Project Description

Paula Southgate


Paula was elected to the Hamilton City Council as an East ward councillor in 2016

Extra roles and responsibilities

Chair of the Community, Services and Environment committee.  Elected member of the Local Government NZ Policy Advisory Committee.  Chair of the Local Government conference organising committee.  The council elected Trustee for The Peak recreation centre in Rototuna.  Prior to being elected to the Hamilton City Council she was on the Waikato Regional Council for 15 years.

Running as:
Independent

If there was one thing you could change about Council, what is it and why is it important?
The way we engage and work with our people and our communities including business, senior, youth, ethnic and the disability sector. I want to create a vibrant and respectful culture at a governance level, that builds 12 wonderful and passionate city leaders, treats the public with respect, listens and works with others for best results.

What were your priorities for the current term? What achievements are you proud of and why?
My vision was to create a strong, resilient and vibrant city. A city that supports and invests in people to improve the everyday lives of ALL Hamiltonians. A city where our people, our economy, and our environment thrive. I wanted to improve public engagement and make sure our community spaces and places were properly cared for. I also understood the need for housing and worked hard to create growth opportunities that were affordable, and to keep Council spending in check. I am proud of my work to push for better care of existing assets. I pushed to get Waterworld renewed and repaired in 2016. It had been in an appalling state. I am proud of the improvements to the Central Library. I’m proud of the extra funding I achieved for community grants because community groups and volunteers add so much value to our city. Without them we lose so much. Previously we were one of the lowest Council funders in NZ. I feel a strong sense of achievement for promoting a new way of consultation for the Rototuna Village Hub enabling community to lead in the development of their own places and spaces, and so getting better results. I am proud of getting funding to open Lake Waiwhakareke and improve the entrance to the Zoo. And of course I am pleased to see the Pacifica Hub move to the next stage and helping to save the iSite from closure. I have been a big advocate for Te Waka Regional Economic Development, HCBA, Innovation Park and continue to promote the need to protect industrial and commercial business land and opportunity. I spend a lot of time out in the community, at their gatherings and events and helping in anyway I could. I love my relationships with the many ethnic communities of Hamilton, youth and seniors, education providers and business. I do not just turn up on election year. I work hard to be accessible to people all of the time and help in anyway I can. I know I have worked hard and am proud of that. Finally, I am pleased with the relationships I have in Wellington and that I am asked to participate in policy advisory and other roles. I have formed many strong working relationship and friendships with Mayors, councillors, MP’s and Ministry officials across the country.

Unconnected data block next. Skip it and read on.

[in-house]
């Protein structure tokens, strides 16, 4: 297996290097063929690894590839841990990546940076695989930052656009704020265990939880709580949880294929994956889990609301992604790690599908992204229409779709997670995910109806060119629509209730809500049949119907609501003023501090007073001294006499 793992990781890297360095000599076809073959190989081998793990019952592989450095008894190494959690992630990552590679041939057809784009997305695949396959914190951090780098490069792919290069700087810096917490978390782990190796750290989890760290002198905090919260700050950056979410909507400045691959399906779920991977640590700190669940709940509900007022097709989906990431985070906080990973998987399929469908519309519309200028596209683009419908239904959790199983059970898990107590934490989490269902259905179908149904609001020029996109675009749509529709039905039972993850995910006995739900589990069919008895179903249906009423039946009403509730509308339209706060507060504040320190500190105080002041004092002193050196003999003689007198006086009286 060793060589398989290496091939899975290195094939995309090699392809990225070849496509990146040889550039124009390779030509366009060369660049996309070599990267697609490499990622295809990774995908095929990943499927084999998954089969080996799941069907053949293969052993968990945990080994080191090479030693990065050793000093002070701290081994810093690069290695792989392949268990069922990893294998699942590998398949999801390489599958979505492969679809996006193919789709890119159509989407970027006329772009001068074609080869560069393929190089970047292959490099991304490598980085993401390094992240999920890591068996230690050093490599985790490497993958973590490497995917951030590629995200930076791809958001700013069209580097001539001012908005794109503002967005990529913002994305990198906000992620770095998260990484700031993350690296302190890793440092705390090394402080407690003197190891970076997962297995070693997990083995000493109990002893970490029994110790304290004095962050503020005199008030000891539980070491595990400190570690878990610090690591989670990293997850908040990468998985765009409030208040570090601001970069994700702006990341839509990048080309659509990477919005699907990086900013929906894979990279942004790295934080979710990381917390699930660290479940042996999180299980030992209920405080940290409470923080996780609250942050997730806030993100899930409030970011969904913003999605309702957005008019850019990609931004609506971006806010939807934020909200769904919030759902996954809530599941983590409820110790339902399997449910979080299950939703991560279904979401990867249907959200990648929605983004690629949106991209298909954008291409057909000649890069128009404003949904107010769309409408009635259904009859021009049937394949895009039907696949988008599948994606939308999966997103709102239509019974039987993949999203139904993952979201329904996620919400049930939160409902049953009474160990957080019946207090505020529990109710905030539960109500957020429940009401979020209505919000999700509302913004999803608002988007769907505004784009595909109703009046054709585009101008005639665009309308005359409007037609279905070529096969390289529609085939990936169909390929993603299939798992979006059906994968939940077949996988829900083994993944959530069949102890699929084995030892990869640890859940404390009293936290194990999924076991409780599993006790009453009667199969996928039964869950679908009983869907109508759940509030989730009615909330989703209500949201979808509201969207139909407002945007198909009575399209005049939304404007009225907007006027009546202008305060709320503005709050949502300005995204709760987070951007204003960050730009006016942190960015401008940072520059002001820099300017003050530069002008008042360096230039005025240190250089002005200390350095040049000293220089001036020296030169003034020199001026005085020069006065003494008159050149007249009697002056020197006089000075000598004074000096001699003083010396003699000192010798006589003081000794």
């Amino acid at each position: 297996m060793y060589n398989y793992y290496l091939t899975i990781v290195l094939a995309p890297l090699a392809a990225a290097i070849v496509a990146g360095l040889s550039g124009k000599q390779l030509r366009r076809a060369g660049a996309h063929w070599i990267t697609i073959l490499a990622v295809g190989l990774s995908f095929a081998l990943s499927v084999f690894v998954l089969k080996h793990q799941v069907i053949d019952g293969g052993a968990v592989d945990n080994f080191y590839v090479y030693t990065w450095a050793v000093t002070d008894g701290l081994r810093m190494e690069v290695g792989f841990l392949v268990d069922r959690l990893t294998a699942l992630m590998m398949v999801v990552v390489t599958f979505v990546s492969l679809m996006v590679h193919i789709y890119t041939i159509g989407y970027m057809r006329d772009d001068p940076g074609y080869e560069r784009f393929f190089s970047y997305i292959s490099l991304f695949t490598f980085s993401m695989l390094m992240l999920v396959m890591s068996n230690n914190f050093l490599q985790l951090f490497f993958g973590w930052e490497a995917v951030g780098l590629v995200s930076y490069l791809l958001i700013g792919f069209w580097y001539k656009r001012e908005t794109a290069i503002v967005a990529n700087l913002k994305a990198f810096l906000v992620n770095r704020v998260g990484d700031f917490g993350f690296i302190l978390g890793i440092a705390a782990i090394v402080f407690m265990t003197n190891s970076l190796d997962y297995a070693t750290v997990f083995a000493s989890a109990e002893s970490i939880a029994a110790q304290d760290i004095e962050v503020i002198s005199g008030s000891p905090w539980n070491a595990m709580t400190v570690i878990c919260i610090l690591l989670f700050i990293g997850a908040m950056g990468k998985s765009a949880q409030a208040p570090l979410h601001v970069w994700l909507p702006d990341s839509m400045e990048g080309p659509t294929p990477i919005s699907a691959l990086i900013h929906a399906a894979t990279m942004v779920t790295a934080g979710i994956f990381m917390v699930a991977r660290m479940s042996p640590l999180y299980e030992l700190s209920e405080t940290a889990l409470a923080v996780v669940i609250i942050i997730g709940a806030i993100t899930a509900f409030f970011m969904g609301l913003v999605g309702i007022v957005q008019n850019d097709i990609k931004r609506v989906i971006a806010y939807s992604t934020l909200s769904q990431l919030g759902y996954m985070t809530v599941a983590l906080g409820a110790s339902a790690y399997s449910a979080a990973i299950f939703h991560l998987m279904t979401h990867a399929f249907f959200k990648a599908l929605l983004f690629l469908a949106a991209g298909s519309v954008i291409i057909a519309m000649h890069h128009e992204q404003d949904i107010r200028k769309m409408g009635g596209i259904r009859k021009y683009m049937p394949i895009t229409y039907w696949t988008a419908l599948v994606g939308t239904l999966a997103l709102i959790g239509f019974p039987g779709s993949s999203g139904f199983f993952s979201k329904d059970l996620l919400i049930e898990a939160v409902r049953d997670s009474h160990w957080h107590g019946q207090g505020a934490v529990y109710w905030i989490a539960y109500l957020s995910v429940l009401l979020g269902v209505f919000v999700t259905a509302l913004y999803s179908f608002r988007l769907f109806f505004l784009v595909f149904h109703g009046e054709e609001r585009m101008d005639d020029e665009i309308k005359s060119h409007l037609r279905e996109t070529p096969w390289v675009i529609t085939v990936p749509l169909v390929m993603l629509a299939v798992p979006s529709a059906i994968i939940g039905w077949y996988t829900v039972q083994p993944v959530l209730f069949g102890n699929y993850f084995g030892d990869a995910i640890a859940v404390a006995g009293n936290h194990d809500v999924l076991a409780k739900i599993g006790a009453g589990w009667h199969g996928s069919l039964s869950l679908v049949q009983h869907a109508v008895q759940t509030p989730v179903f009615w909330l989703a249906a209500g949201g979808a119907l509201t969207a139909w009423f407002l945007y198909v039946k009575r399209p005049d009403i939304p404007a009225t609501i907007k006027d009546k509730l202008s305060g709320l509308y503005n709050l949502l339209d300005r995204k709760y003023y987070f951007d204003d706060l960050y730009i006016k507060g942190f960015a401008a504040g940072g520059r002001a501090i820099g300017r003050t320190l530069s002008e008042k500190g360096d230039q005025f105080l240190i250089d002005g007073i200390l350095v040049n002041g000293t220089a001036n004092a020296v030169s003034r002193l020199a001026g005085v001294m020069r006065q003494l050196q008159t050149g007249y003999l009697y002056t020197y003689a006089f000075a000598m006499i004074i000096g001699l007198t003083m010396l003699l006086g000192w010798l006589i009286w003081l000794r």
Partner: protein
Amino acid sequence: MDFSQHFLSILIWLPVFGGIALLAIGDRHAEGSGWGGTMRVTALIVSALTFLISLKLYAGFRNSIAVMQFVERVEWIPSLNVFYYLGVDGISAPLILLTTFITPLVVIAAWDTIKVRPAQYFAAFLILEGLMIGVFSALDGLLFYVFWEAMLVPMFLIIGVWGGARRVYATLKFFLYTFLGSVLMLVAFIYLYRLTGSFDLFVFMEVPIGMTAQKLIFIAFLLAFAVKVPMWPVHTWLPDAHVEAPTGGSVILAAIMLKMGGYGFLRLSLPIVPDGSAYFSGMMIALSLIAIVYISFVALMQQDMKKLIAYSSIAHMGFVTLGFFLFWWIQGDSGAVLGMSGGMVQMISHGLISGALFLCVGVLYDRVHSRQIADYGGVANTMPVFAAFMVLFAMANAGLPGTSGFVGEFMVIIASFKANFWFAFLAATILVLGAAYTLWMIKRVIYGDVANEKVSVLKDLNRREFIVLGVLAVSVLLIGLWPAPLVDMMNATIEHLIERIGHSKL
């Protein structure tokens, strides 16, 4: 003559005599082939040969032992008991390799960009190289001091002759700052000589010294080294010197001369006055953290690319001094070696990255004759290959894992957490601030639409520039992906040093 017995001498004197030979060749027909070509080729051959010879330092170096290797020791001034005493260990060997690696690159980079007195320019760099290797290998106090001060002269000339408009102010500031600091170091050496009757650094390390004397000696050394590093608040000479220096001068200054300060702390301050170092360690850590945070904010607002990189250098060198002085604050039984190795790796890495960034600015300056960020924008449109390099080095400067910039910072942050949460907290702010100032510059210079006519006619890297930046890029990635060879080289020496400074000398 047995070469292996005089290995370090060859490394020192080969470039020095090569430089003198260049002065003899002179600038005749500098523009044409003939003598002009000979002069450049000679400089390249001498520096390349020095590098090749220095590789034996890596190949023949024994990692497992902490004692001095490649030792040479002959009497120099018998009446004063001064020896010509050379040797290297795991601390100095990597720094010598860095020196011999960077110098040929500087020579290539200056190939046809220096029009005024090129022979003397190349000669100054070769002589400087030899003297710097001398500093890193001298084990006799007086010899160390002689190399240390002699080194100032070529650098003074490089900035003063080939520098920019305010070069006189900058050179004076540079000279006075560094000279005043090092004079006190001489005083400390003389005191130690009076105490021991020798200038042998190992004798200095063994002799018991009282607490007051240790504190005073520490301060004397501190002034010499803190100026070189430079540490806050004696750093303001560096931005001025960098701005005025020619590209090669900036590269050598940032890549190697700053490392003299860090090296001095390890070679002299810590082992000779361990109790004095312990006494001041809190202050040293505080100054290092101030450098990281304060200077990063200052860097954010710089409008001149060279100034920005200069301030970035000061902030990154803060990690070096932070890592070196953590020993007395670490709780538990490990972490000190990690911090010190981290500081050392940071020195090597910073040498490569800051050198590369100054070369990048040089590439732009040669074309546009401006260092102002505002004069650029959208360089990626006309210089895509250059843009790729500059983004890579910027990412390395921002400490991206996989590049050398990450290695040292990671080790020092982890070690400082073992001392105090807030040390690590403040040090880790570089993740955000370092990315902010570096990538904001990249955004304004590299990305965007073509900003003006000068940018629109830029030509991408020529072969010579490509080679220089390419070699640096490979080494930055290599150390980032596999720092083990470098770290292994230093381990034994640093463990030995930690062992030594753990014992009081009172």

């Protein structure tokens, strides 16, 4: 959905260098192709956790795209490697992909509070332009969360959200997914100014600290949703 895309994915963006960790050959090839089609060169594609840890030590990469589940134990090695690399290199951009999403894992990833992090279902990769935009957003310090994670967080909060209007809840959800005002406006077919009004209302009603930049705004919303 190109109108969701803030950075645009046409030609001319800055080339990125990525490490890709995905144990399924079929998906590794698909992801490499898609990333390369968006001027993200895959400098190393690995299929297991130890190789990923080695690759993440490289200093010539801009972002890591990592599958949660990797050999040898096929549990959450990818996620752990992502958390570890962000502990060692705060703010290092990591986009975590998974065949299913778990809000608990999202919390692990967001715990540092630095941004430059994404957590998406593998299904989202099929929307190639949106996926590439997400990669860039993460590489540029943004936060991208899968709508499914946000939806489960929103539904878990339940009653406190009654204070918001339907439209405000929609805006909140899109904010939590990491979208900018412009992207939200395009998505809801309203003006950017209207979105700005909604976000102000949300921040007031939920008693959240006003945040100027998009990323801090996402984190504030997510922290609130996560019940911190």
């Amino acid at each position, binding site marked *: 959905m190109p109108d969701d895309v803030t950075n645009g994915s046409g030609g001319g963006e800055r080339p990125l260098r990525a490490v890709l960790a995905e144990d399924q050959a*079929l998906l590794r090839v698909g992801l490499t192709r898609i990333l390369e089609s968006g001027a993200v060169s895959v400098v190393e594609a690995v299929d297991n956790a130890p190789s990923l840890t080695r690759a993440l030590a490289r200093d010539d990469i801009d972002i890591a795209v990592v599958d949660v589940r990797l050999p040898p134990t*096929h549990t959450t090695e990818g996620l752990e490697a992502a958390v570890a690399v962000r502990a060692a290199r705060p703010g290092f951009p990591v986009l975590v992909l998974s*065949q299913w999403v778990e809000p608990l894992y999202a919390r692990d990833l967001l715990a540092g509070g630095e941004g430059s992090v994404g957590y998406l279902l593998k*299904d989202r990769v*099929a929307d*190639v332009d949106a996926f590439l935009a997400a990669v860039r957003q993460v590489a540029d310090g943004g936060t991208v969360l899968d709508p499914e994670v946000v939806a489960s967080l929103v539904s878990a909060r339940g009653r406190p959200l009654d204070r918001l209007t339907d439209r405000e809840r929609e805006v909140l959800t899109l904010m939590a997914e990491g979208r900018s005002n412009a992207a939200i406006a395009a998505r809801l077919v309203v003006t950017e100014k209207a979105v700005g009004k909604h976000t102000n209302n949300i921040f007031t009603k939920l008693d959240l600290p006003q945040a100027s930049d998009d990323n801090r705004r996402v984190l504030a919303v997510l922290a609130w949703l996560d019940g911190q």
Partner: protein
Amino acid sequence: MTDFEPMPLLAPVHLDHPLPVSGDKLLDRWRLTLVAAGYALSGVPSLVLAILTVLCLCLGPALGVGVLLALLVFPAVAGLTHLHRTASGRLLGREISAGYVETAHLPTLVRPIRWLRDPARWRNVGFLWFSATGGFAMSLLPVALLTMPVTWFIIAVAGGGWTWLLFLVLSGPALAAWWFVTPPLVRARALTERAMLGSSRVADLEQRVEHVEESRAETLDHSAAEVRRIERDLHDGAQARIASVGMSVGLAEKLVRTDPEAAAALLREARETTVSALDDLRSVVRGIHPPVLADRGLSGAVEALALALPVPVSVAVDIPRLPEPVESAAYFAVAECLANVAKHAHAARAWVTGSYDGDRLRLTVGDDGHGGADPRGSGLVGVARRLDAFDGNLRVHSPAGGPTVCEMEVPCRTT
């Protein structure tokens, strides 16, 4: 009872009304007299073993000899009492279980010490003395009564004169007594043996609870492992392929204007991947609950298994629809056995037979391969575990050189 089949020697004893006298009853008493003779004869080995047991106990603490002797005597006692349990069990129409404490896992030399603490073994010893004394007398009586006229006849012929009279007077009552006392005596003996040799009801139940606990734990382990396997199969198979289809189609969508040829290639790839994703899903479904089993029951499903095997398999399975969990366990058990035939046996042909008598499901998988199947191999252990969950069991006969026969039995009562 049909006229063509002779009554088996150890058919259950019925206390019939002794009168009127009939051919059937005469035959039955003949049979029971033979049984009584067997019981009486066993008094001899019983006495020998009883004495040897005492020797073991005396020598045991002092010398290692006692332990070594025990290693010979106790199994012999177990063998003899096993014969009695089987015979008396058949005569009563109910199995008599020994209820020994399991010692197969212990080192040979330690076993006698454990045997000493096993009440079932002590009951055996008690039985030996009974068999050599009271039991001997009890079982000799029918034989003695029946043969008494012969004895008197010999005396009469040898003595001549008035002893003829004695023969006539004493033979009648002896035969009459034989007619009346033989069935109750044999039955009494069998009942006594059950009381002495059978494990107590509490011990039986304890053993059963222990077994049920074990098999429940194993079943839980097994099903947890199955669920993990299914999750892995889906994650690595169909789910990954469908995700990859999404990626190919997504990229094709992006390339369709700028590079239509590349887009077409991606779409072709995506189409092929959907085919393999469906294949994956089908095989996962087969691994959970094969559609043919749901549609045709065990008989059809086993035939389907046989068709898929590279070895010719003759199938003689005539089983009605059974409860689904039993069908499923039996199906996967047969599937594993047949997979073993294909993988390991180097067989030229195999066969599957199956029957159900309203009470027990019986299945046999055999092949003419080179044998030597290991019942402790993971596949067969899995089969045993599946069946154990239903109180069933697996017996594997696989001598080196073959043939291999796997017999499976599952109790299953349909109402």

Have there been Council decisions in this term that you were particularly disappointed in and why?